While under the influence of Giants fever during this year's playoffs, John Madden took a bite out of an American culinary staple and boldly asserted that the world's best pizza can be found on essentially every corner in Gotham city. Since moving to Manhattan five years ago, I have made it a personal quest to find a halfway decent slice within delivery radius (E 25th st). I've yet to find it.
Of course I've partaken of the usual well-known suspects (Lombardi's, Joe's, etc.) and have heard tell of magical home-spun za joints on the upper (upper) east side and the outer boroughs. Besides nine or ten places in the greater NY Metro, every pizza place I've been to in manhattan, including the 20 or 30 in my zip code, insist on serving pies that are nothing short of inedible. I'm embarrassed to admit that I am the number one contributor to the Manhattan-based Crappy Pizza Fund. I'll order roughly once a week from a new place - going by ads from flyers, outside restaurants, even from the yellow pages boasting all-natural ingredients and homemade sauce. The result without exception is 20 bucks out of my pocket spent on Contandina-paste like sauce mixed with some species of gyro meat on a flavorless crust.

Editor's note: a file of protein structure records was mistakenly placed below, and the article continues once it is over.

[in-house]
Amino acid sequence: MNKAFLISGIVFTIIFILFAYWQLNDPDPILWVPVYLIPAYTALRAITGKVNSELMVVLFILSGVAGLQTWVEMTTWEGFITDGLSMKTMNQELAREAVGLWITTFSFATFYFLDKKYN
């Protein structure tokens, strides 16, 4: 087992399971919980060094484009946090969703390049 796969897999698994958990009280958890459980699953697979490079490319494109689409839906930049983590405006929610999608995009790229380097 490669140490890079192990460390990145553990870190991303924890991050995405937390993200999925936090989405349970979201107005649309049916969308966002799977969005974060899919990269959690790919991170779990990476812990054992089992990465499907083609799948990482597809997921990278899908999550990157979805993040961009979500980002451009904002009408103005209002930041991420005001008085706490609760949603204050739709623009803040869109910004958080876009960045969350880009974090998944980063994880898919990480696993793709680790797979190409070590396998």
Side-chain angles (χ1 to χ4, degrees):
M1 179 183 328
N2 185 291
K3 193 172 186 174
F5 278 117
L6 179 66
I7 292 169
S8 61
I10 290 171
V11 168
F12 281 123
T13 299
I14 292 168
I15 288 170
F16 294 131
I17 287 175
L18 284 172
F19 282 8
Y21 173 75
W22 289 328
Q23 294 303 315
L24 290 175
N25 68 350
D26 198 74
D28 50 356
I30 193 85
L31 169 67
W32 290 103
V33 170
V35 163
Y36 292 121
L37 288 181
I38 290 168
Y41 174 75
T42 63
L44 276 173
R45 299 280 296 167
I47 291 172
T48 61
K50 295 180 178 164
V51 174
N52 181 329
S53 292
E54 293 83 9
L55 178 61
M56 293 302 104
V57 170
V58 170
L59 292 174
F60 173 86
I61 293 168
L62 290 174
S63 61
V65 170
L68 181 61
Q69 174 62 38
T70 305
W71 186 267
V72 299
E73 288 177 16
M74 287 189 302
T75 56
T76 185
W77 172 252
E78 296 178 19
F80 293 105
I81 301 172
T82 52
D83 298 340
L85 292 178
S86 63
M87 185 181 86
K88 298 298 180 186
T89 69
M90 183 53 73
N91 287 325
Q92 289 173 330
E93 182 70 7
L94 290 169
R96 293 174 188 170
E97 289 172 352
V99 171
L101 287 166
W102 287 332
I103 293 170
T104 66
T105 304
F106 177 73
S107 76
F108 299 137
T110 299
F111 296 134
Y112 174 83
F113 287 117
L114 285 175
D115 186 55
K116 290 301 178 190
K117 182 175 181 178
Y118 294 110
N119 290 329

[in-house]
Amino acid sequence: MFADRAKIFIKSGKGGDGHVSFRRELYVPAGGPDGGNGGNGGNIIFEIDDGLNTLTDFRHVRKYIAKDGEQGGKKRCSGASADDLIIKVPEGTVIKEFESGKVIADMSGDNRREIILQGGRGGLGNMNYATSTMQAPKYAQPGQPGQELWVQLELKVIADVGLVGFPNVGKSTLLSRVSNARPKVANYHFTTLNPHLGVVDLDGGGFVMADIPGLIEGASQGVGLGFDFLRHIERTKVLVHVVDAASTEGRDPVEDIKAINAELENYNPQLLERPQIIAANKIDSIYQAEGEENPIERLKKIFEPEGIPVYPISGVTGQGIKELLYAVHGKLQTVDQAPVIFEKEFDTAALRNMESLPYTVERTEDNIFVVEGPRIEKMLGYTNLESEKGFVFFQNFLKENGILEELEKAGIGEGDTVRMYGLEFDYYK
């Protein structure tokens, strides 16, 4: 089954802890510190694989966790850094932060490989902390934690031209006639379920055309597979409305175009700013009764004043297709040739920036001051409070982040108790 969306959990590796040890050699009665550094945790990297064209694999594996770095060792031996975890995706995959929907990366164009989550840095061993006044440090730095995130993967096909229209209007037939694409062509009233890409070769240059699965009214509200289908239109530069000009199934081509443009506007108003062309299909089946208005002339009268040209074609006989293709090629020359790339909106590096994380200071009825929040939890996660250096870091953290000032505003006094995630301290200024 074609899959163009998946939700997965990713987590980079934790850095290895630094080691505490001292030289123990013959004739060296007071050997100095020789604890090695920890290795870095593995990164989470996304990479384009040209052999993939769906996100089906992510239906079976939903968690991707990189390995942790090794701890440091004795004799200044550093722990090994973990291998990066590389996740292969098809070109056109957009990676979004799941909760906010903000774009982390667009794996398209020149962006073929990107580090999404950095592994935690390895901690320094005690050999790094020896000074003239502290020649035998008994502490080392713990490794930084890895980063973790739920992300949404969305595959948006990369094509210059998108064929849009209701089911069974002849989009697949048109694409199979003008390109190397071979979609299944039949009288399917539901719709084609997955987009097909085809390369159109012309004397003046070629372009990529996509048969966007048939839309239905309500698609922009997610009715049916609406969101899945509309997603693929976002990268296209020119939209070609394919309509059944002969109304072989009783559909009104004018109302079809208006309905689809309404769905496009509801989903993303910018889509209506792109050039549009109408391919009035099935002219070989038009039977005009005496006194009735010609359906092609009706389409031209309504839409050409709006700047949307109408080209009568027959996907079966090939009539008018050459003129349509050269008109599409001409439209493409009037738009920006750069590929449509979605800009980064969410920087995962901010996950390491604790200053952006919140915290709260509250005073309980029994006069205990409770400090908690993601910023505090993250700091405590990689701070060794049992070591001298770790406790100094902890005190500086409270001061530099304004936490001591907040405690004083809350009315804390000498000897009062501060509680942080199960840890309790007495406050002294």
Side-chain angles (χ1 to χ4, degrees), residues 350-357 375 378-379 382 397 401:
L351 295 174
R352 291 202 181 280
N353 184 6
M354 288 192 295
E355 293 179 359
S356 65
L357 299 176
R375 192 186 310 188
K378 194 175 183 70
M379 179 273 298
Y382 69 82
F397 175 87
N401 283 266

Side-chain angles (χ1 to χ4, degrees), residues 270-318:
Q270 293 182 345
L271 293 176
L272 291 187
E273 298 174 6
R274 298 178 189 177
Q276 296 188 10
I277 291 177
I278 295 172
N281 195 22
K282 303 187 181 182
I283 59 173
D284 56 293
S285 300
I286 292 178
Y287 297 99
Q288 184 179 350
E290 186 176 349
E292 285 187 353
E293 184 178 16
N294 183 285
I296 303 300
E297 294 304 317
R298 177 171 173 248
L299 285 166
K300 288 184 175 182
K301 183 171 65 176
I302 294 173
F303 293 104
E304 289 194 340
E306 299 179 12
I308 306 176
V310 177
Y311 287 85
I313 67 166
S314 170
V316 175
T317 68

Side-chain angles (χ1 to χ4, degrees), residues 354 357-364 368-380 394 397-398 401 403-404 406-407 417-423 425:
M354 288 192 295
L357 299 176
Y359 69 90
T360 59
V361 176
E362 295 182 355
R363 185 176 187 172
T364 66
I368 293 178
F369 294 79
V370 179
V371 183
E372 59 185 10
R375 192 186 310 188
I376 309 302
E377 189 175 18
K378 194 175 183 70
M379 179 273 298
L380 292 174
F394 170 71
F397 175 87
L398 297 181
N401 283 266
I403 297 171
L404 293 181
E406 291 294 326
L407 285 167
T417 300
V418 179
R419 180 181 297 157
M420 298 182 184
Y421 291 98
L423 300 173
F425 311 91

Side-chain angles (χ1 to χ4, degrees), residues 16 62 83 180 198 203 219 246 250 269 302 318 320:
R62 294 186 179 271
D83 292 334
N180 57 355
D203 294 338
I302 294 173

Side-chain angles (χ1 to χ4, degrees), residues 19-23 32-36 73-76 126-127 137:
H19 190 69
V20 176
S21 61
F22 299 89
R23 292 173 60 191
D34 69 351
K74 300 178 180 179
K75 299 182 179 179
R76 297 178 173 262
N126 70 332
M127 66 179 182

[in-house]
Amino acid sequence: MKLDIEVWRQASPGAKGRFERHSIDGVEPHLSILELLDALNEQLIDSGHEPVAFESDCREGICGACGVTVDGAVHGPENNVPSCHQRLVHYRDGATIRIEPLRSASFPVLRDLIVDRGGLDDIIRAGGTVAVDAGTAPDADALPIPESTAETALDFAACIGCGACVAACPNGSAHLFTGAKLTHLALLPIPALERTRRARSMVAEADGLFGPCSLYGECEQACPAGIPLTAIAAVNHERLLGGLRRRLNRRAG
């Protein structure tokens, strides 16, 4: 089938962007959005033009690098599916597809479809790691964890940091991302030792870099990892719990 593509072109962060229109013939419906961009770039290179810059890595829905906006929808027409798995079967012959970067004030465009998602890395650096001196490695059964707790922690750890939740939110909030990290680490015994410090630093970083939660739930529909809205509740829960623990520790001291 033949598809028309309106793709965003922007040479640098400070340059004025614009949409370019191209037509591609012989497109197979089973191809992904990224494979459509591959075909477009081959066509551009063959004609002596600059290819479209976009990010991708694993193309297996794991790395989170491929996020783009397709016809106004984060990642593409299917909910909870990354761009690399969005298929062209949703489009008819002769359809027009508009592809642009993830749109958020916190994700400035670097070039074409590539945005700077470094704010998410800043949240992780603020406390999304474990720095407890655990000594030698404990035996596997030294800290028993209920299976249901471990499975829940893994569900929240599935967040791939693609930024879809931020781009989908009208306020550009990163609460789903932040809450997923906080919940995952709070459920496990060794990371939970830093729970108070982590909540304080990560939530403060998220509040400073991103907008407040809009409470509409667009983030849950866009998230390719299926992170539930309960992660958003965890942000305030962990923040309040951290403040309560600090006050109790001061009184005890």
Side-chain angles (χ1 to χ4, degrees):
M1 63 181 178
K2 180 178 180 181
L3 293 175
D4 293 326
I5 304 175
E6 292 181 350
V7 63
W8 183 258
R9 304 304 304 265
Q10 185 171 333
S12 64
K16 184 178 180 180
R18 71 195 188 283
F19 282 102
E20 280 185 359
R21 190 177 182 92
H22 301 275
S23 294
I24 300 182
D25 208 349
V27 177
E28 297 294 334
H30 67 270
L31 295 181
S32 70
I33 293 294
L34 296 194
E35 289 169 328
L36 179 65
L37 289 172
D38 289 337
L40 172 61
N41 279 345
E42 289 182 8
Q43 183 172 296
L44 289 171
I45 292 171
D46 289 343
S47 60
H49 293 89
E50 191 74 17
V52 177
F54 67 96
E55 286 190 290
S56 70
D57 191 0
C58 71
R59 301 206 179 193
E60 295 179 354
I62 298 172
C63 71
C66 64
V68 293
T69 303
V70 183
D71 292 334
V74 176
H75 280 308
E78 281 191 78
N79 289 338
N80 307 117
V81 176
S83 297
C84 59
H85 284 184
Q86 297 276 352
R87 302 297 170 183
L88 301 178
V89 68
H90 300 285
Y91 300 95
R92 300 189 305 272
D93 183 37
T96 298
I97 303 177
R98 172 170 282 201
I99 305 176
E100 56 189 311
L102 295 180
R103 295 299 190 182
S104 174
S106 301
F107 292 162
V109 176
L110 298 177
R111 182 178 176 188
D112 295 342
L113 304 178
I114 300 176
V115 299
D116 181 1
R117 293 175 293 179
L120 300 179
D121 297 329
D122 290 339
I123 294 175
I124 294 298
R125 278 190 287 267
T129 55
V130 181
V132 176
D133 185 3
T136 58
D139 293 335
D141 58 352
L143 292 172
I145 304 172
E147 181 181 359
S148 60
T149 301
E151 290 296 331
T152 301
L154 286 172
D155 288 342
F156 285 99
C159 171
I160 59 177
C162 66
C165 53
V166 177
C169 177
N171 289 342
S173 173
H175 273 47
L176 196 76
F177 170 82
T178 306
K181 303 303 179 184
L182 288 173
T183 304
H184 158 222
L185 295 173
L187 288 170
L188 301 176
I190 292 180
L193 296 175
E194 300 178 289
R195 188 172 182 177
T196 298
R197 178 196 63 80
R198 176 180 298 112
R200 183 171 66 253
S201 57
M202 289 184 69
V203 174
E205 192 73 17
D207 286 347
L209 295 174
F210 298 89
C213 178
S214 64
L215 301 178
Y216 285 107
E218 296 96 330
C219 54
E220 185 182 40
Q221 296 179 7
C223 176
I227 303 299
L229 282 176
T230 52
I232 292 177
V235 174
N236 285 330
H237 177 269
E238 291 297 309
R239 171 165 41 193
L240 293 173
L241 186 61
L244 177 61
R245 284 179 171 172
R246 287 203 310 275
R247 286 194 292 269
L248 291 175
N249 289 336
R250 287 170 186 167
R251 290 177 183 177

And don't get me started on fake cheese. You know the difference when you taste it - that rubbery, chewy consistency that triggers just a hint of a gag reflex - that's not mozzarella. That's a sample of the "finest ingredients" that places like Empire Pizza ("20 years of experience" making watery Ragu sauce), AnnaMaria on 23rd Street (ask for their rat-meatball special - unformed lumps of ground reconstituted gyro splattered unevenly on a milk toast crust), and Aiellos (on third ave) base a business on. These are the places you CAN find everywhere. While certain friends of mine enjoy a nasty slice cooked under a heat lamp after their night of drinking, I doubt that even they would call the pie at most corner delis the best the world has to offer.
As a restless hound who seeks only truth in all things edible, I'd like to assert once and for all that "New York-style" pizza, like any local culinary delight, is only well-made in the ten or so places that make it well - not on every corner, and certainly not anywhere near my neighborhood.
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